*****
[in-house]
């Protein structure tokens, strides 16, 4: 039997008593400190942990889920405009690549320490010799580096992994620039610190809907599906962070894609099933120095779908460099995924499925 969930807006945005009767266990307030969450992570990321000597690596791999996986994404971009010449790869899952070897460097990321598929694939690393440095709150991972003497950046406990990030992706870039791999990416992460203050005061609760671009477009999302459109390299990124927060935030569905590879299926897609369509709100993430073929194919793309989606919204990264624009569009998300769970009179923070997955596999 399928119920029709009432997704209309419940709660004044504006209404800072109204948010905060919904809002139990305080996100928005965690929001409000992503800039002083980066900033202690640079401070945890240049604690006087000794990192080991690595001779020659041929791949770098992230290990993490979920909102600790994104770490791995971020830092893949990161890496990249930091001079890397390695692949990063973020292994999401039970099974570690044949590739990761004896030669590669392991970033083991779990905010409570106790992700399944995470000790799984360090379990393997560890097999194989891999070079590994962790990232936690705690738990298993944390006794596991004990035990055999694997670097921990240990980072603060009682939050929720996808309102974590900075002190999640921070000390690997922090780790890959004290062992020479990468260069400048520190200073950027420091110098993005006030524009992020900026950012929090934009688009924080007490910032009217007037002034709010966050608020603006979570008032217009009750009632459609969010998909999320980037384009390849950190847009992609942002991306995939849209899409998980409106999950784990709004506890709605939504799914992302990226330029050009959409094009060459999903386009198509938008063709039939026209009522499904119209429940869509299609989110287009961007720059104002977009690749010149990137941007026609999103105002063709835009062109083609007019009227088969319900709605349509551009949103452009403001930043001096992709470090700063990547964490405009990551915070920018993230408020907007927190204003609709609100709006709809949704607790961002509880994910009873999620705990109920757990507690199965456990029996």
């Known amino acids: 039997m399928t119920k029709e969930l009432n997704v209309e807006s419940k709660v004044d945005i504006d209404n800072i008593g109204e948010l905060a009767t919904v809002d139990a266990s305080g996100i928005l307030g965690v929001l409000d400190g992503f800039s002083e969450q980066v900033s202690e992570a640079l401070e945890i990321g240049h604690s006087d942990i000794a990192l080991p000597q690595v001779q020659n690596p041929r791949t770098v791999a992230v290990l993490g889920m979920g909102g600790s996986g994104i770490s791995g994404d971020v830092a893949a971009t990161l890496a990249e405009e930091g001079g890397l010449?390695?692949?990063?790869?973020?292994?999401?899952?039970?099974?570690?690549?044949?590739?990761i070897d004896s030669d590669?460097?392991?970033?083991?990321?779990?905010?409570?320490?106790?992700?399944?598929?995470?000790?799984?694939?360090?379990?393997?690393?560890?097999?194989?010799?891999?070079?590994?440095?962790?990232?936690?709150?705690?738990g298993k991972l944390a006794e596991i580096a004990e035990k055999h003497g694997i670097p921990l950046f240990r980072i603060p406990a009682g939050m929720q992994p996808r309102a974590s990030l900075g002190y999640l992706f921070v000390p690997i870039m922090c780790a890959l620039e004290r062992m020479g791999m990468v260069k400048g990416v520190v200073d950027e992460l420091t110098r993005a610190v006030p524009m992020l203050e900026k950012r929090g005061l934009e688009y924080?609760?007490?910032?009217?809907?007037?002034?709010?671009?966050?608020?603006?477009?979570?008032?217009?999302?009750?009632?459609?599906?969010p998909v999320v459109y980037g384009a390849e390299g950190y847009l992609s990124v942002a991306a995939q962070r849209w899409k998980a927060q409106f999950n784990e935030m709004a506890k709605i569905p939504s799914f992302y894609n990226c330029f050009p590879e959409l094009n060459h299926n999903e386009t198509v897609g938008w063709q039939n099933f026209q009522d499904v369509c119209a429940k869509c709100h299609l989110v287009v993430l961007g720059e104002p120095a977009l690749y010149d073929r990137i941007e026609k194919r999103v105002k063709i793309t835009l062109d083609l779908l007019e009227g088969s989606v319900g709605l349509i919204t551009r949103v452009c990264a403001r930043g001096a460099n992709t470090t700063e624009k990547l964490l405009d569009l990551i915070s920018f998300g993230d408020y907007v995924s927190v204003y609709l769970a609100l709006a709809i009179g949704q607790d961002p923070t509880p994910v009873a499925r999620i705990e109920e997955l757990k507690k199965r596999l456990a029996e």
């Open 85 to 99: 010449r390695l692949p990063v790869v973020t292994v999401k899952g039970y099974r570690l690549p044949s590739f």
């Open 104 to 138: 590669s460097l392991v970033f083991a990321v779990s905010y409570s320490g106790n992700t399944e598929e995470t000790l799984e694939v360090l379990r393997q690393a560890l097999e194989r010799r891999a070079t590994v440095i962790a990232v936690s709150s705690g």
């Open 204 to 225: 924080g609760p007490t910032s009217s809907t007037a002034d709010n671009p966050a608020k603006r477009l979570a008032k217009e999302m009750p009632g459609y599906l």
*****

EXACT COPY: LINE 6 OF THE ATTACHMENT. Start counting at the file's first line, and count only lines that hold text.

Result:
């Open 204 to 225: 924080g609760p007490t910032s009217s809907t007037a002034d709010n671009p966050a608020k603006r477009l979570a008032k217009e999302m009750p009632g459609y599906l």